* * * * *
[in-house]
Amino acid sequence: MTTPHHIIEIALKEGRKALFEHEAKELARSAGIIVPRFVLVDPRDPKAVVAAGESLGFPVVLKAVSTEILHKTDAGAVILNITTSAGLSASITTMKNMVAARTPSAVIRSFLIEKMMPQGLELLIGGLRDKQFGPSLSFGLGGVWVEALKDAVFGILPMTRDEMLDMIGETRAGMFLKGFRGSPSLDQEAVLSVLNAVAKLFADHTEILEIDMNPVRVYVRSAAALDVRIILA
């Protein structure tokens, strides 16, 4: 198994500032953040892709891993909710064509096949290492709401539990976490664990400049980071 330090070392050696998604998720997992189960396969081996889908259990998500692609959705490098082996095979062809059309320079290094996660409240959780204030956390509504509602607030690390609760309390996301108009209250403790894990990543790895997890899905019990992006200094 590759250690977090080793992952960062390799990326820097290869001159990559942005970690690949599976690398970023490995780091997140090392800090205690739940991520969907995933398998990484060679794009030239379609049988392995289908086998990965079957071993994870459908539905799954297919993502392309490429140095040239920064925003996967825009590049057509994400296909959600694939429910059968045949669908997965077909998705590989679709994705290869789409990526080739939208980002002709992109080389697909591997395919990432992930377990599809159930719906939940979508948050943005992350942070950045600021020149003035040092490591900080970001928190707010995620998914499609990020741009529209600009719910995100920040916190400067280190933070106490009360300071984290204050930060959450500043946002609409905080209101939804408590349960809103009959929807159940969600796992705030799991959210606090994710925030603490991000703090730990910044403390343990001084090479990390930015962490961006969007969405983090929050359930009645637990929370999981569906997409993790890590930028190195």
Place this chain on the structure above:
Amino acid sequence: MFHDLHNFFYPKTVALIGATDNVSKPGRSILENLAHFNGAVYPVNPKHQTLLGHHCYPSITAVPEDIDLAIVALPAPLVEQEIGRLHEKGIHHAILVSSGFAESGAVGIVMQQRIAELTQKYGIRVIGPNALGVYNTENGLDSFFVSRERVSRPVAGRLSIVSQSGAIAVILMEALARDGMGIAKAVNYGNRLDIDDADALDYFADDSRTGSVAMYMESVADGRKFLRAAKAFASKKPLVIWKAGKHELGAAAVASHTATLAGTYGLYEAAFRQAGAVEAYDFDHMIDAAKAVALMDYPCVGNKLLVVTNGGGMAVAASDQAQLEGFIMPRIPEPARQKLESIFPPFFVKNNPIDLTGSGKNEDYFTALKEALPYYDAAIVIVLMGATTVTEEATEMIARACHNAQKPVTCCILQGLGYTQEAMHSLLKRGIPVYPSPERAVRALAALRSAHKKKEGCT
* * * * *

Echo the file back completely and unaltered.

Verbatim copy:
[in-house]
Amino acid sequence: MTTPHHIIEIALKEGRKALFEHEAKELARSAGIIVPRFVLVDPRDPKAVVAAGESLGFPVVLKAVSTEILHKTDAGAVILNITTSAGLSASITTMKNMVAARTPSAVIRSFLIEKMMPQGLELLIGGLRDKQFGPSLSFGLGGVWVEALKDAVFGILPMTRDEMLDMIGETRAGMFLKGFRGSPSLDQEAVLSVLNAVAKLFADHTEILEIDMNPVRVYVRSAAALDVRIILA
């Protein structure tokens, strides 16, 4: 198994500032953040892709891993909710064509096949290492709401539990976490664990400049980071 330090070392050696998604998720997992189960396969081996889908259990998500692609959705490098082996095979062809059309320079290094996660409240959780204030956390509504509602607030690390609760309390996301108009209250403790894990990543790895997890899905019990992006200094 590759250690977090080793992952960062390799990326820097290869001159990559942005970690690949599976690398970023490995780091997140090392800090205690739940991520969907995933398998990484060679794009030239379609049988392995289908086998990965079957071993994870459908539905799954297919993502392309490429140095040239920064925003996967825009590049057509994400296909959600694939429910059968045949669908997965077909998705590989679709994705290869789409990526080739939208980002002709992109080389697909591997395919990432992930377990599809159930719906939940979508948050943005992350942070950045600021020149003035040092490591900080970001928190707010995620998914499609990020741009529209600009719910995100920040916190400067280190933070106490009360300071984290204050930060959450500043946002609409905080209101939804408590349960809103009959929807159940969600796992705030799991959210606090994710925030603490991000703090730990910044403390343990001084090479990390930015962490961006969007969405983090929050359930009645637990929370999981569906997409993790890590930028190195």
Place this chain on the structure above:
Amino acid sequence: MFHDLHNFFYPKTVALIGATDNVSKPGRSILENLAHFNGAVYPVNPKHQTLLGHHCYPSITAVPEDIDLAIVALPAPLVEQEIGRLHEKGIHHAILVSSGFAESGAVGIVMQQRIAELTQKYGIRVIGPNALGVYNTENGLDSFFVSRERVSRPVAGRLSIVSQSGAIAVILMEALARDGMGIAKAVNYGNRLDIDDADALDYFADDSRTGSVAMYMESVADGRKFLRAAKAFASKKPLVIWKAGKHELGAAAVASHTATLAGTYGLYEAAFRQAGAVEAYDFDHMIDAAKAVALMDYPCVGNKLLVVTNGGGMAVAASDQAQLEGFIMPRIPEPARQKLESIFPPFFVKNNPIDLTGSGKNEDYFTALKEALPYYDAAIVIVLMGATTVTEEATEMIARACHNAQKPVTCCILQGLGYTQEAMHSLLKRGIPVYPSPERAVRALAALRSAHKKKEGCT